If you ever argue with your spouse @ child-rearing or discipline, check out these tips:
Present a united front to your child. Avoid criticizing your partner if he's in the middle of responding to a situation. Plan ahead to avoid future clashes by talking through key issues when you're both relaxed.
Agree to disagree. You'll be able to compromise on many issues but not all. In those cases, the one who's with the child the most should hold more sway.
Stick to specifics. Limit your discussion to a narrow issue (how much TV to permit) rather than wading off into generalities ("You always undermine what I say"). ...
ln all the time I've been blogging, this will be one of my very favorite posts. Now if I could just find a way to get this out to all the dads/husbands out there! Any ideas?
I was recently talking to a friend of mine about how my husband is under a lot of stress at work lately and how sometimes as a stay-home-mom (translation: a Mom who does a whole hell of a lot but doesn't make any money for it), I feel like the only way I can help out is by not spending any money. I went on to say that there are many things I do on a daily basis to make a contribution to our lives, but that sometimes the role of a full-time mom and homemaker is that of an unsung hero. There is no boss or co-worker to give us atta-boys, raises or promotions, nor is there the satisfaction of closing a deal, winning a client, completing or giving a presentation. The hours spent cleaning, cooking, changing diapers or dirty clothes, go largely unnoticed. It's easy to minimize these tasks to the mundane--and therefore to feel as though they are not a contribution. Whereas, contributing financially is a far more tangible thing.
Now, I know I could stop here and launch a major debate about how big of a contribution staying home with your kids is, etc. but that's not where I'm going with this so bear with me....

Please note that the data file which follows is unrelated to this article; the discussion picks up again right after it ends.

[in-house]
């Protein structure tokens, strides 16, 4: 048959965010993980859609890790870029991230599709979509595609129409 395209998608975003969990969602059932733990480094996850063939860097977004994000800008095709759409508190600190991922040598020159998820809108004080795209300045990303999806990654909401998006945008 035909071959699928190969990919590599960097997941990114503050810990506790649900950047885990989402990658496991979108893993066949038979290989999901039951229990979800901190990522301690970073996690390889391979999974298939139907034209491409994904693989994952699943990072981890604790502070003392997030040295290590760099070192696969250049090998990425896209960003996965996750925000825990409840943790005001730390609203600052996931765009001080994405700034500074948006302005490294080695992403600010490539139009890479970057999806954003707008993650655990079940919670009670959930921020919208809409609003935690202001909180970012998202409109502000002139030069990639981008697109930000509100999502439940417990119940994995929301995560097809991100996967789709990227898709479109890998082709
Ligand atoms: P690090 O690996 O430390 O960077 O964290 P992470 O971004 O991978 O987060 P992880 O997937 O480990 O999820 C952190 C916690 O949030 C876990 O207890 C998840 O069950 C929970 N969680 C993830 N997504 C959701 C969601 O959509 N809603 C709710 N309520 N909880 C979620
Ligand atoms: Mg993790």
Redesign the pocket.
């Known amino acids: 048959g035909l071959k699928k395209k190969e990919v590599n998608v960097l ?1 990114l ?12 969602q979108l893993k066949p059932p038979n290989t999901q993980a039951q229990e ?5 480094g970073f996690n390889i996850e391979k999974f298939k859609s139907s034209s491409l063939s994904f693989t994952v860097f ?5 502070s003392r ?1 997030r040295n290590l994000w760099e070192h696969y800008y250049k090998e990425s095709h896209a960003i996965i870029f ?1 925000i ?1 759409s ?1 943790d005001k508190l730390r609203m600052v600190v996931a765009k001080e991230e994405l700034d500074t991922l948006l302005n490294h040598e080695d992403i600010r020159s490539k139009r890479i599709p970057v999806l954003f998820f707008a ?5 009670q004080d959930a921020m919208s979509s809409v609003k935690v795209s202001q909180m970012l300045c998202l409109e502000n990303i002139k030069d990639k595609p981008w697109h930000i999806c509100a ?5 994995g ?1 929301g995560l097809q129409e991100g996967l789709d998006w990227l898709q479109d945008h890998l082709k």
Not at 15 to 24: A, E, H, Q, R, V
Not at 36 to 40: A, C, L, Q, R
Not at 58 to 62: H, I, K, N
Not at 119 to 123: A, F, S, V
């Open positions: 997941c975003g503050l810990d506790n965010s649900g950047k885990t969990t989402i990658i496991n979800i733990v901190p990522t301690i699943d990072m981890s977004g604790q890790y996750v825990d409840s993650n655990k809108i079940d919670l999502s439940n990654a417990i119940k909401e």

So I was talking to my friend about this--the role of the unsung hero--and she told me the story about a friend of hers who was the bread-winner in her family. A top executive at Kinko's who decided to quit her job/career and stay home and raise her kids--realizing this time with them is finite. She made a choice to put herself in a role where she was giving up not only money but all the accolades that came along with a big career. On her next wedding anniversary, her husband gave her a card. Inside the card was the 10 page document that used to be used by her company to give her her annual review. Her husband had crossed out the corporate information and filled in all the blanks--on all 10 pages--with information pertinent to her new role as a full-time Mom and homemaker, showing his wife that not only did he appreciate, acknowledge and notice all that she was doing, but that there was a VALUE to it. I heard this story and just went WOW. Not, wow, what an amazing husband, but WOW, what an amazing idea for to show someone how much you appreciate what they are doing--particularly in a role for which there is little day to day acknowledgement.
To show support for all the Moms out there, "Like" this post!